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Subjects: Marketing, Advertising, Consumers

31 July 2015 16:49

China's new strict ad laws
 
Posted by: Edward Bell, CEO, FCB Greater China
 
Edward Bell

If you step back from the buzz of the day to day, there is a palpable sense of things 'tightening up' across China. The raging trade in property – the national obsession that has created more wealth in China than any other endeavour – is now bound by regulation. The much-publicised 'war on corruption' is an attempt to close up the back channels that have defined how China used to work.

And, more recently, we've seen that the welcome mat, once rolled out to multinational corporations in China, has been all but rolled up. The uneven application of anti-trust law is another hoop through which brands must jump. But until recently, amid the tightening of laws and adding of hoops, on the TV screens we were able to watch a TV ad that earnestly told women that with the ready application of a cream, their breasts would grow bigger.

This has, in the spectacular fashion of China, now changed. In one fell swoop, a whole raft of unchecked advertising practices will, by 1 September, be outlawed. The country with 300 million smokers has banned cigarette advertising. Advertising in and around schools is out and functional claims now need to reach a higher standard of proof. That probably spells the end of the breast enlargement cream business.

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Subjects: Advertising, Marketing, Consumers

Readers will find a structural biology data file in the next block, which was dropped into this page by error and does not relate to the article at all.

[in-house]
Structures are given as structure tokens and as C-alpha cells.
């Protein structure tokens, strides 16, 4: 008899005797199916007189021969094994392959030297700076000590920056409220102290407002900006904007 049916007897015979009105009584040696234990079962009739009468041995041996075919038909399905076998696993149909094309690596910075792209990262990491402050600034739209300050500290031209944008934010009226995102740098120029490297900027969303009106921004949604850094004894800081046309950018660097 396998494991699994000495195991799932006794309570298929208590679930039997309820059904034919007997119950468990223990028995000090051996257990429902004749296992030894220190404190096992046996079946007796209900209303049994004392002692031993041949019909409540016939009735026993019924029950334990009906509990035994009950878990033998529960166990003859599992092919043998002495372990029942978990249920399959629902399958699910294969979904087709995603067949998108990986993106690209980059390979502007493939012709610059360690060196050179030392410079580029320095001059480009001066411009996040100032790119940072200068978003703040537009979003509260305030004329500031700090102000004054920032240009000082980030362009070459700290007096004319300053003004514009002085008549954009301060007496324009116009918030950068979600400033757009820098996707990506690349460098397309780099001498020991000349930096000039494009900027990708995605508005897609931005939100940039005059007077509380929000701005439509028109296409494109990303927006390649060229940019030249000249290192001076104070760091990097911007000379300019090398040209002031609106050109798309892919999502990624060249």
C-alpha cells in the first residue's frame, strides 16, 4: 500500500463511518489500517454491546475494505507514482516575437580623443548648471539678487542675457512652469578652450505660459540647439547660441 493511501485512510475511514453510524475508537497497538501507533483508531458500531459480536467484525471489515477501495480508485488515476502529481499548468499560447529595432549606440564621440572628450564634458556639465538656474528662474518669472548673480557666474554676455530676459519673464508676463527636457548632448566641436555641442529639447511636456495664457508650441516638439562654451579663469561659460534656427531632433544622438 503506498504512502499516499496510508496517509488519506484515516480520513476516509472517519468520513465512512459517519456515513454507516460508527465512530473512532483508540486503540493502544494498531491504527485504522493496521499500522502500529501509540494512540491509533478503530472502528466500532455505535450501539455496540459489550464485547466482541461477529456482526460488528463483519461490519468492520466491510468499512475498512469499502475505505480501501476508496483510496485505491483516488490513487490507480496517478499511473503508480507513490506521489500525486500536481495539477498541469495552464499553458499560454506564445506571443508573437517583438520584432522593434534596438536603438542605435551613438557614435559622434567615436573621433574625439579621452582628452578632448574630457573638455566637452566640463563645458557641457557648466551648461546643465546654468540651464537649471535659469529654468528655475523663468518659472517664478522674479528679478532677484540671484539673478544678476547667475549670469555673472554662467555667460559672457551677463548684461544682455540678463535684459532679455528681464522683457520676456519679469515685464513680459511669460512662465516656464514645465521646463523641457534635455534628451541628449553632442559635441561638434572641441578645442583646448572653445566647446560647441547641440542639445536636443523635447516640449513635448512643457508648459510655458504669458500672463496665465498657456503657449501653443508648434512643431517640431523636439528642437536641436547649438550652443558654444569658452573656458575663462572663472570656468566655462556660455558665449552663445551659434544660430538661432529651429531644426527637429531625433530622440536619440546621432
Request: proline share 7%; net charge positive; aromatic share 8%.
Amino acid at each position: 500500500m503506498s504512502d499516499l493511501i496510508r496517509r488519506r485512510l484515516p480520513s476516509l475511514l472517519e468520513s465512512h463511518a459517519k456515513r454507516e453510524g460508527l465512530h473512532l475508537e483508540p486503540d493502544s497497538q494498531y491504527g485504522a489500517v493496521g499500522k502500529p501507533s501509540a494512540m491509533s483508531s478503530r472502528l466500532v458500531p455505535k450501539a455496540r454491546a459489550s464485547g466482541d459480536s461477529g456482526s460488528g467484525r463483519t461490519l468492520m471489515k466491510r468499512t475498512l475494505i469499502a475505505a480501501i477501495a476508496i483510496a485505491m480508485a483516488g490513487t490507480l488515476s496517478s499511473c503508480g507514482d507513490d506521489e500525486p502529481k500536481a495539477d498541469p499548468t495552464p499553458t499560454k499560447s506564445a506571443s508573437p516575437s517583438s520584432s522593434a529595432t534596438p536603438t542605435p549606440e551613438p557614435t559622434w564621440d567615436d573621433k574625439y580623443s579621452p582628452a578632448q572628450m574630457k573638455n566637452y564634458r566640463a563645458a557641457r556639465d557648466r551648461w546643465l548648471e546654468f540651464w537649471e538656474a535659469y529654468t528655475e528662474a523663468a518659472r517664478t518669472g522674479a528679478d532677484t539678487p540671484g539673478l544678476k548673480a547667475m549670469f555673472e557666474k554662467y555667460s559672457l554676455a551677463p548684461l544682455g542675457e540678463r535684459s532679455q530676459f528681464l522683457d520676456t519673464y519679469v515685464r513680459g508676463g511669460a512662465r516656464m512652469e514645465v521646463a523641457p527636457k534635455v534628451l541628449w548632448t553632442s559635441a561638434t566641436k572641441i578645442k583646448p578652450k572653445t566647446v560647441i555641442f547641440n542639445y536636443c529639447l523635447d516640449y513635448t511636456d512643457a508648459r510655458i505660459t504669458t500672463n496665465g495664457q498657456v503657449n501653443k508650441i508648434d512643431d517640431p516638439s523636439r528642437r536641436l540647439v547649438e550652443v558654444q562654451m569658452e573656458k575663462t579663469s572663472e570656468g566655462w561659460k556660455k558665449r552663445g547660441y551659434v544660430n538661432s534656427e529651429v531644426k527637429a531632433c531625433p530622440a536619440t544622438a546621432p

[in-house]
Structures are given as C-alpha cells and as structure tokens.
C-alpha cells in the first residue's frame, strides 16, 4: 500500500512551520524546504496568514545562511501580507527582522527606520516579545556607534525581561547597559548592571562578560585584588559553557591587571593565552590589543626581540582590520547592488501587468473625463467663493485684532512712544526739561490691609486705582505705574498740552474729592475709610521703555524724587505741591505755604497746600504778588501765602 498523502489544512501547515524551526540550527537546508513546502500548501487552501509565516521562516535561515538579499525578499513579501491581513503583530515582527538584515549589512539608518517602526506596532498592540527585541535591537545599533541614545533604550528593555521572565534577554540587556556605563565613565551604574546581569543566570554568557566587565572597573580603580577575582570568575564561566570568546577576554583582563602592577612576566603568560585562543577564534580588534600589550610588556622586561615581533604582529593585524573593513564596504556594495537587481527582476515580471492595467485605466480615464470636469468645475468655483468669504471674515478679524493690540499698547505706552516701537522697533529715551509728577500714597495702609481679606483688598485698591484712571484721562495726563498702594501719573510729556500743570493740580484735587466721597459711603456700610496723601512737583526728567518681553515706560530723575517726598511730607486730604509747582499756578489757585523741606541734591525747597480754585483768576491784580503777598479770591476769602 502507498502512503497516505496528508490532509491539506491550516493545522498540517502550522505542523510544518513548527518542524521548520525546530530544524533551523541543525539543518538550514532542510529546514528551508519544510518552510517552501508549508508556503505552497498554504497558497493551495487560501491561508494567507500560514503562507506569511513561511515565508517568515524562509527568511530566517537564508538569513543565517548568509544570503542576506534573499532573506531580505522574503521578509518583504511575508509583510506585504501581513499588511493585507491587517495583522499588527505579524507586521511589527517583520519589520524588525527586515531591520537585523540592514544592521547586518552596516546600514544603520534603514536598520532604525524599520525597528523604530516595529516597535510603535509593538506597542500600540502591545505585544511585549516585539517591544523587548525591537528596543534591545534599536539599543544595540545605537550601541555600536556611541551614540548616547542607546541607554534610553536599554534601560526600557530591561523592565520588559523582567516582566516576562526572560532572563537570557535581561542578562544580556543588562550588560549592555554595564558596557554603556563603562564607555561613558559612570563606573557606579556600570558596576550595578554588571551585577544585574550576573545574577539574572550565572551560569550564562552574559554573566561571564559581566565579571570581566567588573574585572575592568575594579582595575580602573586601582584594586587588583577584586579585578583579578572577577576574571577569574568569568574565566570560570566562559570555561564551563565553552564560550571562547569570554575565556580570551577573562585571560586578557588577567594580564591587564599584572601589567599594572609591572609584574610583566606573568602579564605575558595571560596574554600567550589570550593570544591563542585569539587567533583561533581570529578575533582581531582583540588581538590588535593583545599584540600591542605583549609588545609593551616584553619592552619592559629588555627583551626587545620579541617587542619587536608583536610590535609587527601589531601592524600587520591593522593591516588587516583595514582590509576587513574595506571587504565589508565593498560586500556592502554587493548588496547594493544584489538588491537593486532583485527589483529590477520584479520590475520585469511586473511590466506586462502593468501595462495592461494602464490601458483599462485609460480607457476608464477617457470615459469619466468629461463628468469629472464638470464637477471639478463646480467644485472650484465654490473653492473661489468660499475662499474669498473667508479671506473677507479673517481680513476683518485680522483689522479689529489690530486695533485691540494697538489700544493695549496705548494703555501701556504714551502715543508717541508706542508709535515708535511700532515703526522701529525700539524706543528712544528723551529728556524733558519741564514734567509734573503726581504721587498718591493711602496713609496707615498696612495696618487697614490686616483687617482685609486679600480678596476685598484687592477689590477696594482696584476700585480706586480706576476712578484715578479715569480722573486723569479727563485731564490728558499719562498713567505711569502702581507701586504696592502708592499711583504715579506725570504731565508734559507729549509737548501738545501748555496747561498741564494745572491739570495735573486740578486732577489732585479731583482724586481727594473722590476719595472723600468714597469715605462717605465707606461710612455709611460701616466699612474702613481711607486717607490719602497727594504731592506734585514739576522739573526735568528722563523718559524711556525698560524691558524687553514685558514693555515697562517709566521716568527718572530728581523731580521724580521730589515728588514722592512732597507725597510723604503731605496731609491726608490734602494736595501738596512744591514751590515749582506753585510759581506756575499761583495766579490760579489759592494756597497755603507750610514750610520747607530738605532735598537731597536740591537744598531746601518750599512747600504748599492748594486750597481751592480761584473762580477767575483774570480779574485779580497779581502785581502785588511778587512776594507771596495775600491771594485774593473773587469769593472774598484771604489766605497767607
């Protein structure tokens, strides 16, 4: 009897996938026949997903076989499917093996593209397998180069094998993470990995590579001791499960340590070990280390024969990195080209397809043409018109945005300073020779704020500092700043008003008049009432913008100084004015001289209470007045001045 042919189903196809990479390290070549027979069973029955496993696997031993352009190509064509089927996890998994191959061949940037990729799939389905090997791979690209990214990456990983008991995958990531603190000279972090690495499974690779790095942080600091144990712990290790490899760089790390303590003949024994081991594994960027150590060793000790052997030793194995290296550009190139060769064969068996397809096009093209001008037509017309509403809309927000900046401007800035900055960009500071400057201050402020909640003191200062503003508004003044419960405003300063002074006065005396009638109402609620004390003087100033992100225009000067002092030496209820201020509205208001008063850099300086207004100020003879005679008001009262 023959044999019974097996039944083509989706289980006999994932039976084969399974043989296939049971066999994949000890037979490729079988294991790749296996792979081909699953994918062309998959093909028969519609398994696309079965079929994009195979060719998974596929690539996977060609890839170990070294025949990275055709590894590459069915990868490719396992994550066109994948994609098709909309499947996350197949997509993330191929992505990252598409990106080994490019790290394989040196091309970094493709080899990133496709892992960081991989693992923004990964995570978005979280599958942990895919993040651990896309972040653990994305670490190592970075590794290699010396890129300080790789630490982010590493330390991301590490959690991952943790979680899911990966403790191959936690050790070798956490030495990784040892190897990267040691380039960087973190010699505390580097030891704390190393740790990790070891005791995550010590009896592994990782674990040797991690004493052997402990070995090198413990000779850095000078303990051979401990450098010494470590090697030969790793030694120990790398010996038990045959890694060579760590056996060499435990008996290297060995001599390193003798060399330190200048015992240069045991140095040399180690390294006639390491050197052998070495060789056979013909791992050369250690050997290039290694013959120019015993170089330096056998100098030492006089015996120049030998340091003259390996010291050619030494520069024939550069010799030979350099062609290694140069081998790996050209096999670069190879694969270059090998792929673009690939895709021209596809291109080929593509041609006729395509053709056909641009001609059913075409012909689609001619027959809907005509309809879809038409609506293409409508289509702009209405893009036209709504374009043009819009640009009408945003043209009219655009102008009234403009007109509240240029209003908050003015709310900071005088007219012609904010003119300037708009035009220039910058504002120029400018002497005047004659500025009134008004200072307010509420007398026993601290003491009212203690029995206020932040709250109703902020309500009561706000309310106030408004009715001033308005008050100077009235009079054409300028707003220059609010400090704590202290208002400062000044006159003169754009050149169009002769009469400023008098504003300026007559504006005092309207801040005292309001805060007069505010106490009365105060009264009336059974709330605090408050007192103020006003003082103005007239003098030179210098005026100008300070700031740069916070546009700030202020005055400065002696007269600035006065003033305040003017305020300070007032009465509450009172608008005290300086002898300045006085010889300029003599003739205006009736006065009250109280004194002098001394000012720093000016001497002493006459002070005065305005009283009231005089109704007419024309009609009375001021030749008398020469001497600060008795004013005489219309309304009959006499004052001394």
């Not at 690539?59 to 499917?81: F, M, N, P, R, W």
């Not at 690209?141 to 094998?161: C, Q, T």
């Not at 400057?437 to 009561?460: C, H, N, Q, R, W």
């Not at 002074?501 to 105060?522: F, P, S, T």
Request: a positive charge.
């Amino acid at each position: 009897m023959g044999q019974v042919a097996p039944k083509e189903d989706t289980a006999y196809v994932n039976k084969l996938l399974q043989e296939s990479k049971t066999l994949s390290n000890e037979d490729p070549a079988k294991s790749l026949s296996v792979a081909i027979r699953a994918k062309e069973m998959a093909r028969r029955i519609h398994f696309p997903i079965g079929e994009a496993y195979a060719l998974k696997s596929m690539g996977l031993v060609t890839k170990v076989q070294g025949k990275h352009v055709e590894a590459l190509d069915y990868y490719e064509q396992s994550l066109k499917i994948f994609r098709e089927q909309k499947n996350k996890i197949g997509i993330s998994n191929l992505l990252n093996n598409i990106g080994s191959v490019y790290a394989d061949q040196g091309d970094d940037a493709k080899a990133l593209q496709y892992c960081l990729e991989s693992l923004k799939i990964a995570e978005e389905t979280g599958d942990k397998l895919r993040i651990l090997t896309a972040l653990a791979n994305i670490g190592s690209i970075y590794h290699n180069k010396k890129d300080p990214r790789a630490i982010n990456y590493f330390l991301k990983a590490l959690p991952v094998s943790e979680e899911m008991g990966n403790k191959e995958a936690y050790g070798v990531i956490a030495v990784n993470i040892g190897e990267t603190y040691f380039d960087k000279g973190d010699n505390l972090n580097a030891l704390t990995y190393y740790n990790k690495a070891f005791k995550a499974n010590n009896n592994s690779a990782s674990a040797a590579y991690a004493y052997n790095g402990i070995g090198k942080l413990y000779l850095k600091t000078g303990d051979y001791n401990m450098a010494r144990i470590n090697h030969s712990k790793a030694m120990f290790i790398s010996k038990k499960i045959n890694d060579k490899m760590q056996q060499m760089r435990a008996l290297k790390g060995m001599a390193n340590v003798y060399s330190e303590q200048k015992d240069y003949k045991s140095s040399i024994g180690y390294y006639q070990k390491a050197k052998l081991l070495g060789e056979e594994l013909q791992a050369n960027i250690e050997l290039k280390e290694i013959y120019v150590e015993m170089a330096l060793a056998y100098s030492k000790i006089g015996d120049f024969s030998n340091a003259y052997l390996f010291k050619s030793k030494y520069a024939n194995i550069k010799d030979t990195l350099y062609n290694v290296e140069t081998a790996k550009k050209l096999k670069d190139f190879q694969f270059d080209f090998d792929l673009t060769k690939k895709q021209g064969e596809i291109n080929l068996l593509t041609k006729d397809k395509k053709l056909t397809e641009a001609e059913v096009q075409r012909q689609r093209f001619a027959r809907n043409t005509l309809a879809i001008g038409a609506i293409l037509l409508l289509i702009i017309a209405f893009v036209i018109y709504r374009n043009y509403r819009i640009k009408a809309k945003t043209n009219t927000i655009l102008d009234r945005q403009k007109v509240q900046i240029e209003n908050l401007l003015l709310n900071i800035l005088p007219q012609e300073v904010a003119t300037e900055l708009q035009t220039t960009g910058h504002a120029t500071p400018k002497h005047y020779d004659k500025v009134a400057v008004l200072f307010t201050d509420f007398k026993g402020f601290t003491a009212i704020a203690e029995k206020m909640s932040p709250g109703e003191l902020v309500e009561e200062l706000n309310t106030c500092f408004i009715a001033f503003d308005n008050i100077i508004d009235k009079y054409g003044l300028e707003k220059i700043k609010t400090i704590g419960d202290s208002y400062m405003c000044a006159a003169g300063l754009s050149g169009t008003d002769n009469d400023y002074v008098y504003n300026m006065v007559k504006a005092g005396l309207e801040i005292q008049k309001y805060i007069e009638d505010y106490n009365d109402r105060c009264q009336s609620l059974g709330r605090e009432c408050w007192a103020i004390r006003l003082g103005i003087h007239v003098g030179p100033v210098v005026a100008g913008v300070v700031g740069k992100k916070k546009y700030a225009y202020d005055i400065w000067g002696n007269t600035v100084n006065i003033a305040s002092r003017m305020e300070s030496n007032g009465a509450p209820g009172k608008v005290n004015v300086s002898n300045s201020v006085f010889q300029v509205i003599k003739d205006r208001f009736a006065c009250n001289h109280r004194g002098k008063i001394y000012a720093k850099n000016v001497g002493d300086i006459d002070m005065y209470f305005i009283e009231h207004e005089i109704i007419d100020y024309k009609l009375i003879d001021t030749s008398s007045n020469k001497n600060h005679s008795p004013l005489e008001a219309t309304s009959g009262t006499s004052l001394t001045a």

28 July 2015 14:23

Advertising's obsession with youth
 
Posted by: Mythbuster, Les Binet and Sarah Carter, DDB
 
Mythbuster

When we started in advertising in the late 1980s, the 'Grey Consumer' was a hot topic. The proportion of older people in the population had begun to rise, and many were surprisingly affluent. These trends were forecast to accelerate as the Baby Boomers turned into 'Empty Nesters'. Soon we would all be chasing the 'Grey Pound'.

But fast-forward 35 years, and we seem more obsessed with youth and Millennials than ever. Those demographic forecasters weren't wrong. The proportion of young people has indeed fallen and the proportion of older people has increased in most developed markets: in the UK, the over-45s outnumber 16-24-year-olds by 4 to 1.

These over-45s are more affluent too – accounting for some 50% of consumer spending and an even larger share of wealth, with these proportions climbing steadily, even throughout the recession. Young people, however, are having a tougher time. Debt, soaring housing costs and high unemployment mean young people in developed economies have less money to spend nowadays – and the recession hit them particularly hard.

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Subjects: Marketing, Consumers

23 July 2015 10:18